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  • Olympic Briefs -- IAAF Supports Whereabouts Rule; Pakistan Identifies Attackers


    03/05/09

    The IAAF concedes reporting is time-consuming, but says that the new WADA testing system is fair. (Getty Images)
     The International Association of Athletic Federations and several high-profile athletes are backing the controversial whereabouts system that came into force Jan. 1.

    The IAAF released a statement Thursday saying the requirement for athletes to tell drugs testers where they will be for one hour every day of the week was “proportionately fair as well as absolutely mandatory for the effective fight against doping in sport.”

    Acknowledging the burden of the World Anti-Doping Agency's out-of-competition testing regime on athletes, the IAAF said it had been providing similar whereabouts information since as early as 1997.

    “It is only now in 2009 that many other sports, countries and athletes who have never had such a system in place, and rarely done any out-of-competition testing, are starting to realize the work involved and the effort the IAAF and its’ athletes have gone to over the previous decade,” the statement said.

    The IAAF release comes in the wake of criticism from sports stars such as tennis player Rafael Nadal and a group of Olympic and world champion rowers claiming WADA's whereabouts rule is impractical and an invasion of privacy.

    Track and field's governing body said its stakeholders, including member federations, sponsors, spectators and athletes, were constantly demanding the IAAF do all it can in the fight against doping. It provides about $2 million to fund its out-of-competition doping control program each year.

    And it rejected suggestions from FIFA and UEFA, football's governing bodies, for a holiday break from out-of-competition testing for athletes, noting that the detection windows for certain drugs of choice are a matter of days or hours.

    “As of today, any serious anti-doping program cannot even begin to suggest that athletes could have many weeks (let alone days) away, free in the knowledge they cannot be tested,” the statement said.
    The IAAF conceded that the process of providing whereabouts was “difficult and time-consuming” and backed concerns from clean athletes that they may be unfairly sanctioned for missing tests in an 18-month period.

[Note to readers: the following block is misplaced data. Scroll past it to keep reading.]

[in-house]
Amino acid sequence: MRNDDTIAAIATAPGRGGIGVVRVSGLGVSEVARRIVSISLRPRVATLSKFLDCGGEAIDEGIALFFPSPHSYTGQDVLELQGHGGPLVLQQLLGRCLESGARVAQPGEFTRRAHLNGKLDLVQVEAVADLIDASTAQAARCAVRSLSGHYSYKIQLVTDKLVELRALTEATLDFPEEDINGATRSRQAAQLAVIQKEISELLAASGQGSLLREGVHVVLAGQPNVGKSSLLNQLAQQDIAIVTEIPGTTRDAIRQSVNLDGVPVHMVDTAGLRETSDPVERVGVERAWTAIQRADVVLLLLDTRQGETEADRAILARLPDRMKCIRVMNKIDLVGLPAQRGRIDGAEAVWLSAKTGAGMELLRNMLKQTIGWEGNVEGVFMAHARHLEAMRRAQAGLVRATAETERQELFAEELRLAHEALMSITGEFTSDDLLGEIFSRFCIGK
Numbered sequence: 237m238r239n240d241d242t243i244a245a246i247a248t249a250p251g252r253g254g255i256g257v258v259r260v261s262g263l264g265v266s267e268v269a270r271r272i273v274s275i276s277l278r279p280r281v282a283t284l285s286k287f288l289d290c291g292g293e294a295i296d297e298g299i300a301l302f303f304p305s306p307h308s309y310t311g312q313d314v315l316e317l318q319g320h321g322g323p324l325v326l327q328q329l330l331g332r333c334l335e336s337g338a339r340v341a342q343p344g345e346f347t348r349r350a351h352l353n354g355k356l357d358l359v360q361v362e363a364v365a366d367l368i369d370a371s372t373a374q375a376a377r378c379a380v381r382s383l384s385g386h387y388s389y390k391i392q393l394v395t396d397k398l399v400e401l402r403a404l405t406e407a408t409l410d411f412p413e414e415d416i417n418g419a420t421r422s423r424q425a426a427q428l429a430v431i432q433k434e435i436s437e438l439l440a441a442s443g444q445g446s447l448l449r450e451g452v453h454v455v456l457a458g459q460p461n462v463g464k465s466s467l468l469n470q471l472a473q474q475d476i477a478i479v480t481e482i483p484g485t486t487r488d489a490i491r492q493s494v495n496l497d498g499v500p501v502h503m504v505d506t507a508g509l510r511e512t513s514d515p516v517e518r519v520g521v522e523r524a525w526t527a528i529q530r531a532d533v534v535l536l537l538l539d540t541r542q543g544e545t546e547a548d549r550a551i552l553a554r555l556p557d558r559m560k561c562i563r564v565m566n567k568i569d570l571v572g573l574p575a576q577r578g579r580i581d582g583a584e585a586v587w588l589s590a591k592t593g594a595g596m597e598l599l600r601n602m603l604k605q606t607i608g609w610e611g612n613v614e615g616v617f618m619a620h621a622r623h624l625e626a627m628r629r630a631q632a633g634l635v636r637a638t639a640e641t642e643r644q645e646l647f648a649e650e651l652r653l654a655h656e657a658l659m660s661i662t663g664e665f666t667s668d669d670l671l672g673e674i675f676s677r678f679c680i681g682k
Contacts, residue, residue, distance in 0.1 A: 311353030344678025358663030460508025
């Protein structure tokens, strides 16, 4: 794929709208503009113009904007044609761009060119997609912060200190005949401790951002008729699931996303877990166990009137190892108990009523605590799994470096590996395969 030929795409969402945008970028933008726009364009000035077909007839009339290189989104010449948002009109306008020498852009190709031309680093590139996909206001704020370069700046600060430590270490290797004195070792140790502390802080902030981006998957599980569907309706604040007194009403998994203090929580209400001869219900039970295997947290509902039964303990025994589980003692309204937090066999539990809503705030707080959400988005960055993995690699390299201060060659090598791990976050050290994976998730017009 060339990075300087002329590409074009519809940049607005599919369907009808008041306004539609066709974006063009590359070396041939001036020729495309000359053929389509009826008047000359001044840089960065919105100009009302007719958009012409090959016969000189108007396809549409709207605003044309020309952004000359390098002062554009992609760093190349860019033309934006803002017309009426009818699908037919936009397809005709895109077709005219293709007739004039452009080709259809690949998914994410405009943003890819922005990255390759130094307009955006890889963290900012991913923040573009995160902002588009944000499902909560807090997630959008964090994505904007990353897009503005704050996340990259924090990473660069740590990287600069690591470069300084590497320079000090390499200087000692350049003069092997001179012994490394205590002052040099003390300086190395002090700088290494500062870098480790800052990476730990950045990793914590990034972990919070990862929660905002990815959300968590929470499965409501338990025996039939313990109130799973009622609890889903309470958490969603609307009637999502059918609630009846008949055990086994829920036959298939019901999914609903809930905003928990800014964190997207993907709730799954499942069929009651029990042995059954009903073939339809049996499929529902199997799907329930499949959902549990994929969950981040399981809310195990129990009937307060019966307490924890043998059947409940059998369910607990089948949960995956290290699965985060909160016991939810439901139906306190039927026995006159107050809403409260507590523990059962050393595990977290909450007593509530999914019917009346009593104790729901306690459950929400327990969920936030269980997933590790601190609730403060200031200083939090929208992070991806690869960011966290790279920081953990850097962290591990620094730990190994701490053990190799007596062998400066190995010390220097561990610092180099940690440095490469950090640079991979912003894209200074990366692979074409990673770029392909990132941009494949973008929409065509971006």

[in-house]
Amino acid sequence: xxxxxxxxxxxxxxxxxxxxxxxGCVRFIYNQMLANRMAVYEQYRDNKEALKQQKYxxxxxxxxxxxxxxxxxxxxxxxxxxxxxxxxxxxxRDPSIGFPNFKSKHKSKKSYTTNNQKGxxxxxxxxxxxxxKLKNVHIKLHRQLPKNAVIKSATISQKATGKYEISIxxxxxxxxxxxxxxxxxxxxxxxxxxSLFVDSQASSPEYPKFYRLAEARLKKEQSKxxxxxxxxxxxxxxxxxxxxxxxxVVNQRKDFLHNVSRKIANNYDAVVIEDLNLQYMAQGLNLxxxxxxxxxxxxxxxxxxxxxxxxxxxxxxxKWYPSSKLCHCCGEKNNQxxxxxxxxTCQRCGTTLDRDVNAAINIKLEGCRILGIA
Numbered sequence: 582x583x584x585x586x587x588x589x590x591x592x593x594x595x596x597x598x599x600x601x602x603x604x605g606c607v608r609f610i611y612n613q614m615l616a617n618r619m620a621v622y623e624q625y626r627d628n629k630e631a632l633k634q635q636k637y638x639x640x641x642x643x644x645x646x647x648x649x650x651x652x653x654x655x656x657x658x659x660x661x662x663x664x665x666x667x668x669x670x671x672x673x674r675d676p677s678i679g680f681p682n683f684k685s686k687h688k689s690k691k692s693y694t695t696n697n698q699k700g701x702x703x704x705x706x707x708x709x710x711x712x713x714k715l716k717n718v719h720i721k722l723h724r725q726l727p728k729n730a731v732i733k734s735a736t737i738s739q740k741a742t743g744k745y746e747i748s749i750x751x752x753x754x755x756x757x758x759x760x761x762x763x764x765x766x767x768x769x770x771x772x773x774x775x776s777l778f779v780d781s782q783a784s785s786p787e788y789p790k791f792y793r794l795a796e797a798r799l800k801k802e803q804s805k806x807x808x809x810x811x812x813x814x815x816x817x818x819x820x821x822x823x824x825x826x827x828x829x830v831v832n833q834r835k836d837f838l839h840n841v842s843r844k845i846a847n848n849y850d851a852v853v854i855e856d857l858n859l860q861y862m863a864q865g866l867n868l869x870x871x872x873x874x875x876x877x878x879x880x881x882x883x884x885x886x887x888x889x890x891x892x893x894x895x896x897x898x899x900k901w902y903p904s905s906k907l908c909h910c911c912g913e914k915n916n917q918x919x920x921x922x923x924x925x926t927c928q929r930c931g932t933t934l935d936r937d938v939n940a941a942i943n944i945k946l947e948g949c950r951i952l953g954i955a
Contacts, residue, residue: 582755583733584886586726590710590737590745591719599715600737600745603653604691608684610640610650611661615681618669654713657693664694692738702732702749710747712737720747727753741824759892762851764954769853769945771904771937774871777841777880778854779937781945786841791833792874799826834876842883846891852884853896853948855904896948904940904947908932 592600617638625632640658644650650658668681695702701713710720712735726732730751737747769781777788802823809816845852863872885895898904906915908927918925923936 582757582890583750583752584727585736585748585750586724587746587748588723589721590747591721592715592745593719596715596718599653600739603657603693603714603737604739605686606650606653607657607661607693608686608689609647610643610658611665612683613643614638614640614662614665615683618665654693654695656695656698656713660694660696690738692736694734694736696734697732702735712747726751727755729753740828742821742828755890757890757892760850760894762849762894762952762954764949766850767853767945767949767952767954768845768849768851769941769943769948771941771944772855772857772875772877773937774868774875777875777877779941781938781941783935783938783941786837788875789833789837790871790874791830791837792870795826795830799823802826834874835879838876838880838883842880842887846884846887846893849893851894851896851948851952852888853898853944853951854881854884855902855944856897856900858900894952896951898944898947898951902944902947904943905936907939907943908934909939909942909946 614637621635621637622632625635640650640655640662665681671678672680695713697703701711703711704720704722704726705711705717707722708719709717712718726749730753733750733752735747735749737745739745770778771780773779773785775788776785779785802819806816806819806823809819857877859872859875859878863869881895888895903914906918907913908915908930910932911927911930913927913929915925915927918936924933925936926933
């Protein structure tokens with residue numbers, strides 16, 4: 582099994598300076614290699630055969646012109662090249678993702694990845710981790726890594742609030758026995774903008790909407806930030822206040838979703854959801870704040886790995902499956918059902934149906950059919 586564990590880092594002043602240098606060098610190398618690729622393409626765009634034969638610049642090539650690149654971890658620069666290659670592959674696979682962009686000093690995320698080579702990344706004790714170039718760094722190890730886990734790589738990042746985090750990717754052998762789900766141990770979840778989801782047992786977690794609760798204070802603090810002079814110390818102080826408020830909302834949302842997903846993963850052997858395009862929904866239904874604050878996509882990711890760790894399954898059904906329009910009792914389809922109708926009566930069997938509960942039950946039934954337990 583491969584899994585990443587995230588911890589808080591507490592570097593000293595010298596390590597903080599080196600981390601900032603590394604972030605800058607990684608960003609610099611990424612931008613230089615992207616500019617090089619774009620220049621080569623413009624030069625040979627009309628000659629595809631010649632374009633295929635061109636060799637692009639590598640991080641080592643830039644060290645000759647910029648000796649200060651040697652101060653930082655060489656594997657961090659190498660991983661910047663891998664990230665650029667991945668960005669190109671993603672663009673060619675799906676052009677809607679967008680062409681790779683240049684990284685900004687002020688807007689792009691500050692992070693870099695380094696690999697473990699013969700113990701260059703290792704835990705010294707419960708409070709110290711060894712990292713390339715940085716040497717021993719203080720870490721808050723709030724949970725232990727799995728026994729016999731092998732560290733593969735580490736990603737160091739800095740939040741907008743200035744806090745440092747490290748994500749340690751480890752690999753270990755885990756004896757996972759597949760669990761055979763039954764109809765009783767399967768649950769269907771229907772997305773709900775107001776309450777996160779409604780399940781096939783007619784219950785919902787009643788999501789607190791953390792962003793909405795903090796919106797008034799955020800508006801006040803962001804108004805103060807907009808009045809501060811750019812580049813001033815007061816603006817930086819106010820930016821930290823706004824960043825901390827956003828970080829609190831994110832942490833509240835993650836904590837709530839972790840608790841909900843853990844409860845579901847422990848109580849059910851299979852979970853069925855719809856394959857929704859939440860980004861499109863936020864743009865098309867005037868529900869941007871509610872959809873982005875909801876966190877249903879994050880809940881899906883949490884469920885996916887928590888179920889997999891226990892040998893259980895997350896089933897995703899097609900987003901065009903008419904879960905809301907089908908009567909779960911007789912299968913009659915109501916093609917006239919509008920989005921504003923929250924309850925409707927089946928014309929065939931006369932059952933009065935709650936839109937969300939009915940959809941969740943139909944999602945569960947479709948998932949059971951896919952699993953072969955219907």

But there are extensive measures aimed to guard against unintentional whereabouts failures. Before any missed test is declared, the athlete is asked for their explanation as to how it occurred. In situations where it is clearly not the fault of the athlete then the missed test is waived. Athletes also have the right to appeal any decision of the IAAF regarding a missed test.

    The IAAF supported WADA President John Fahey's comments last week that the sports movement needs time get used to the new whereabouts rule.
    Support has come from the stars of track and field and the IAAF Athletes Commission.

    Britain's Paula Radcliffe, the marathon world record holder, said the system was fine and she had got used to it. “Obviously sometimes it can be a hassle and something I always have to remember but a small price to pay to work towards clean sport.

    “The IAAF always make it easy to change with texts or e-mails, ADAMS [reporting system] is a bit difficult to get used to but we can work together to make it more user-friendly.”

    “I stay up to date online. For urgent changes, text updates then modify online. What would really help is to access it [ADAMS] from Blackberry or iPhone for last minute updates.”

    “For truly international fair testing everywhere we need this. They [other sports] aren't used to such a strict system and their testing is behind that of athletics. They will catch up quickly.”

    Koji Murofushi, Japan's multiple Olympic medalist in hammer throwing, suggested the active measures taken against anti-doping in the track and field community in recent years would be a good model for other organizations.

    Pakistan Identifies Attackers

    Pakistani authorities announced they have identified the men who attacked the Sri Lankan cricket team on Tuesday.

    "We have identified the people who did the operation," provincial Governor Salman Taseer said at a press conference in Lahore, according to The Times of India.

    "We have a lot of information. We have arrested many people, rounded up some suspects... but the final investigation will be presented to me tomorrow; til then I am not in a position to